Deluxe names new CEO as it emerges from bankruptcy

CFO Eric Cummins has been named to the company's top post as John Wallace retires.

CumminsDeluxe Entertainment Services has made changes at the top as it emerges from bankruptcy.

CFO Eric Cummins has been appointed CEO, taking over from John Wallace who retires from the organization after more than four years at the helm.

On Wednesday the California-based post-production company revealed that its refinancing process has been completed and it has emerged from bankruptcy reorganization process. In a statement, Deluxe said the completion of the restructure has reduced its debt by 75% and given it access to around USD$115 million in new funding.

Throughout the reorganization, Deluxe, which employs a staff of around 1,100 across its creative and distribution businesses in Canada, has said its day-to-day operations would continue without interruption. Globally, Deluxe operates in around 38 markets and employs around 7,500 people. Previously, Wallace said that, should the refinancing process come to fruition, it would put Deluxe in “its strongest financial position in more than a decade, with the resources to lead the industry into the future.”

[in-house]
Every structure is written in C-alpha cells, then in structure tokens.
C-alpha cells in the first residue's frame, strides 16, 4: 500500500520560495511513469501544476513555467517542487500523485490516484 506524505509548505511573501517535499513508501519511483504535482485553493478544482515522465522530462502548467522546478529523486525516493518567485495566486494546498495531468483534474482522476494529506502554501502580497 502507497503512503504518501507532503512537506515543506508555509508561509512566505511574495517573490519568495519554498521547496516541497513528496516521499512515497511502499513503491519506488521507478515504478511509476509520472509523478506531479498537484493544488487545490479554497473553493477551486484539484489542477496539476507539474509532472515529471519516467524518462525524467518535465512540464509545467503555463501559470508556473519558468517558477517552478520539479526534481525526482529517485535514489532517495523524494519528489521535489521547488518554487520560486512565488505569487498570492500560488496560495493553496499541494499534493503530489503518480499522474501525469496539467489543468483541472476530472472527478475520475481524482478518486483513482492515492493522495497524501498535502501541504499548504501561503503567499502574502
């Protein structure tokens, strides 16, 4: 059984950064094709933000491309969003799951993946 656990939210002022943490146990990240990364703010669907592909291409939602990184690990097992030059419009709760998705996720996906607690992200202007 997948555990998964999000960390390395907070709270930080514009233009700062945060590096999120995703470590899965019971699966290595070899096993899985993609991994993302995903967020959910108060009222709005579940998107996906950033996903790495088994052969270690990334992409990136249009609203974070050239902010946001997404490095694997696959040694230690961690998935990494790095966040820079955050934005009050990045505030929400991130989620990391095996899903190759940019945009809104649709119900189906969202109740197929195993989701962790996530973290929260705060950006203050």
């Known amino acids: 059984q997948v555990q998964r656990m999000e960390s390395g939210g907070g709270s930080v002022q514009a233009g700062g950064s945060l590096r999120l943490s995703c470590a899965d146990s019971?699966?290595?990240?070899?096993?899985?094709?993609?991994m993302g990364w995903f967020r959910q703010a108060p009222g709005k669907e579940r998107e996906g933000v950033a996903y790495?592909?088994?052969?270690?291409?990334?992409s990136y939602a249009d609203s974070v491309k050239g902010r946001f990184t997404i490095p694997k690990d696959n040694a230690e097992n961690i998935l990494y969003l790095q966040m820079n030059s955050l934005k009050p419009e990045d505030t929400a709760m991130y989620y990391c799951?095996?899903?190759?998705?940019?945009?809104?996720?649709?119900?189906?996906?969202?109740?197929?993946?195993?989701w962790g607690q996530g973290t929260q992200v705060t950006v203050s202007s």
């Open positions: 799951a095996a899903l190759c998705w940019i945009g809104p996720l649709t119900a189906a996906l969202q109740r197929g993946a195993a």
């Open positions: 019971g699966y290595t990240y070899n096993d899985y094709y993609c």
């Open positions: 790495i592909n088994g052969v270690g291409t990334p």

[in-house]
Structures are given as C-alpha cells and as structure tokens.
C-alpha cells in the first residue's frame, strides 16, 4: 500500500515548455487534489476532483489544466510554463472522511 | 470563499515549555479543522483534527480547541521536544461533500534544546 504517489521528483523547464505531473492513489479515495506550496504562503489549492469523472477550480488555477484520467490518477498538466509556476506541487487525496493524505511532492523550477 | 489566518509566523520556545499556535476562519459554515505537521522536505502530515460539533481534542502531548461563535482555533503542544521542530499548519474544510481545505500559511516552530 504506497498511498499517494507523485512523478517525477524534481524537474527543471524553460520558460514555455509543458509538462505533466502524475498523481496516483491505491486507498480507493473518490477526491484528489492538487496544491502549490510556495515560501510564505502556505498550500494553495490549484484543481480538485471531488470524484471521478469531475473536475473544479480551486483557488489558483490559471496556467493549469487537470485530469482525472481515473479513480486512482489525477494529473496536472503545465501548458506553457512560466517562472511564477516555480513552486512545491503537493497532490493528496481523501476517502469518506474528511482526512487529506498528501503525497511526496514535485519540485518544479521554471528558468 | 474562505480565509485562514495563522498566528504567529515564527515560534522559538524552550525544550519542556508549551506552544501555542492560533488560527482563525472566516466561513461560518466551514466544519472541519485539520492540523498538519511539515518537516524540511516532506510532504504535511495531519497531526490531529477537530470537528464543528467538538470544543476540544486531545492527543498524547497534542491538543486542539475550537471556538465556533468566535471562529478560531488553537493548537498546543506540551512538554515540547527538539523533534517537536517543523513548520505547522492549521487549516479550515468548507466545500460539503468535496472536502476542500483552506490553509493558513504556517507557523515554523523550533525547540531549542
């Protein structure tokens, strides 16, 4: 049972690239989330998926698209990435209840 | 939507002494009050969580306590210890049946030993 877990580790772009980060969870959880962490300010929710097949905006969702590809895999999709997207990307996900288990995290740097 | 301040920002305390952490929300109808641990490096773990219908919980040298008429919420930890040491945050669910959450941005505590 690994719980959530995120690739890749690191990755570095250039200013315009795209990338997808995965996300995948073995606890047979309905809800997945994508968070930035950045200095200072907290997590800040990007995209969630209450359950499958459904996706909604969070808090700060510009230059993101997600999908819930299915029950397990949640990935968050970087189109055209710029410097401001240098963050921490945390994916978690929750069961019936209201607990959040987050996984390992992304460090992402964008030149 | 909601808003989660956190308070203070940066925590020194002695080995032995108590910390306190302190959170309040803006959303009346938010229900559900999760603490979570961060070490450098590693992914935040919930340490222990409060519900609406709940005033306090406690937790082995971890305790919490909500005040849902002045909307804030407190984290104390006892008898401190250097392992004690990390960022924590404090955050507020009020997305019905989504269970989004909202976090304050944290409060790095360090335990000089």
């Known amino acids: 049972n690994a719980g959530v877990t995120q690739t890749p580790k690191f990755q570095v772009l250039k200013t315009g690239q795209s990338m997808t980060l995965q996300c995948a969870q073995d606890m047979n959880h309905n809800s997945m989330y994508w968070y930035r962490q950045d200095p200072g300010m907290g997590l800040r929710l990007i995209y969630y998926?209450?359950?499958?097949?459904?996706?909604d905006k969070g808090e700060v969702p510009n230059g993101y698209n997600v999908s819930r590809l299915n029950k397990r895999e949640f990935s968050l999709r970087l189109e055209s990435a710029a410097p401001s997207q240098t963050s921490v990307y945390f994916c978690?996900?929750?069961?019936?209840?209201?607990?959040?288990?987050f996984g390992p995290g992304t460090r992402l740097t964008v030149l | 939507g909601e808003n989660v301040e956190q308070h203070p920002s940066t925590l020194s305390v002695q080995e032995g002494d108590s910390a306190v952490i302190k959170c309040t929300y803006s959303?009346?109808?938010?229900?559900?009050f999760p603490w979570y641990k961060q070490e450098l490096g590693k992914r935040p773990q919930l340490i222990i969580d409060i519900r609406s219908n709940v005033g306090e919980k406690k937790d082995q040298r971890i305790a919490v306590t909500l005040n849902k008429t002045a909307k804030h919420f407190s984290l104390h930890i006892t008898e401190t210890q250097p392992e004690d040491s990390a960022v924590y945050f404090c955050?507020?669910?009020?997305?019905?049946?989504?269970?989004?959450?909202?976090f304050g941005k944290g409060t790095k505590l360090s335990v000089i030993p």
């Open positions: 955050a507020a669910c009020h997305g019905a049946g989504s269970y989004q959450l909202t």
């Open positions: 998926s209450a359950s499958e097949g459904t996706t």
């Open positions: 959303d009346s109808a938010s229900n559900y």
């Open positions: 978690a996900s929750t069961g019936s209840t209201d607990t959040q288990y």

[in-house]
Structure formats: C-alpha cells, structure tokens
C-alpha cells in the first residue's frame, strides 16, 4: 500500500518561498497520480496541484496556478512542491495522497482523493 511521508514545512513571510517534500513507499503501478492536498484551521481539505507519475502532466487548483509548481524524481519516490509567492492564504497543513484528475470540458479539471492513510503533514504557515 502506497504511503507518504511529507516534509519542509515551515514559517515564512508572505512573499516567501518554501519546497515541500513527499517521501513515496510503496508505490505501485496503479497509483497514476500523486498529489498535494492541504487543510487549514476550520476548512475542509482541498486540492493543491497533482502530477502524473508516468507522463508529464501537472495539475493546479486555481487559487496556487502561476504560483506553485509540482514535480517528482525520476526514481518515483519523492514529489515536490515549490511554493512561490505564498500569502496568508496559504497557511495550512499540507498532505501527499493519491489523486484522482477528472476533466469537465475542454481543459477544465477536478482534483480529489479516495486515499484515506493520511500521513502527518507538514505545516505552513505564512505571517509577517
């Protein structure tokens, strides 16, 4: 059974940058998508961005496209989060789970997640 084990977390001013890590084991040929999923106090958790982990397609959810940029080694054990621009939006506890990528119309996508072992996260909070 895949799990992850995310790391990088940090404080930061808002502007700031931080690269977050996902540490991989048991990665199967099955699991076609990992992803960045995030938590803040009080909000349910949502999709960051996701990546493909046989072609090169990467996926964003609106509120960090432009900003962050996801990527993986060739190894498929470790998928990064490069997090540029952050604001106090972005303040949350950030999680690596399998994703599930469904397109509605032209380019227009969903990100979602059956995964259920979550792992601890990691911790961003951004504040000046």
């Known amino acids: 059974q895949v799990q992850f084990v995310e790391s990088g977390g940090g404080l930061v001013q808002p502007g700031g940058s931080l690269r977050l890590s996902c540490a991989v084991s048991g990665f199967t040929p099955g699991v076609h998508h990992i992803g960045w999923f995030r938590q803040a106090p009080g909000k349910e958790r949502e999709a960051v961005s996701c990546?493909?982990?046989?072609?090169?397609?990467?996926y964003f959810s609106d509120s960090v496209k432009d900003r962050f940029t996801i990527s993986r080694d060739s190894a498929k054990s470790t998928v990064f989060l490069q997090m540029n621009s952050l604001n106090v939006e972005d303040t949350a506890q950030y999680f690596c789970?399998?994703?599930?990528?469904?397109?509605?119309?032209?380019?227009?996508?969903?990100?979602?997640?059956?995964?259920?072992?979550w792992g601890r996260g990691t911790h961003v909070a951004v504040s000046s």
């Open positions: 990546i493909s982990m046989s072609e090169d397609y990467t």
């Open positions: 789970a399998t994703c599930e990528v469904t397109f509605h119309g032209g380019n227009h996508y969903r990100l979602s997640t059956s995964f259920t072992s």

Cummins, who will continue to hold the CFO post, joined Deluxe in May of 2018. He was previously SVP of New York-headquartered holding company MacAndrews & Forbes Incorporated. MacAndrews & Forbes was Deluxe’s parent company from 1990 until earlier this year, when Deluxe was acquired by its creditors in a debt-for-equity swap.

In a statement, board member Gregg Bresner said Cummins had been instrumental in completing the company’s refinancing process. “We are confident that he is the right person to lead the company forward,” he said.

Deluxe has provided post-production services Canadian titles including Letterkenny, Kim’s ConvenienceThe BeavertonVikings and Bitten, while on the film side its credits include domestic titles like Matt Johnson’s Operation Avalanche, Atom Egoyan’s Remember and Vincenzo Natali’s In the Tall Grass. The company also worked on Toronto-shot projects like Academy Award-winning Spotlight. A number of fiscal pressures, including a downturn in widely released feature films, declines in Blu-ray and DVD sales and delays of key film projects, led to Deluxe’s financial stresses, according to a report released earlier this year by financial services company Moody’s Investors Service.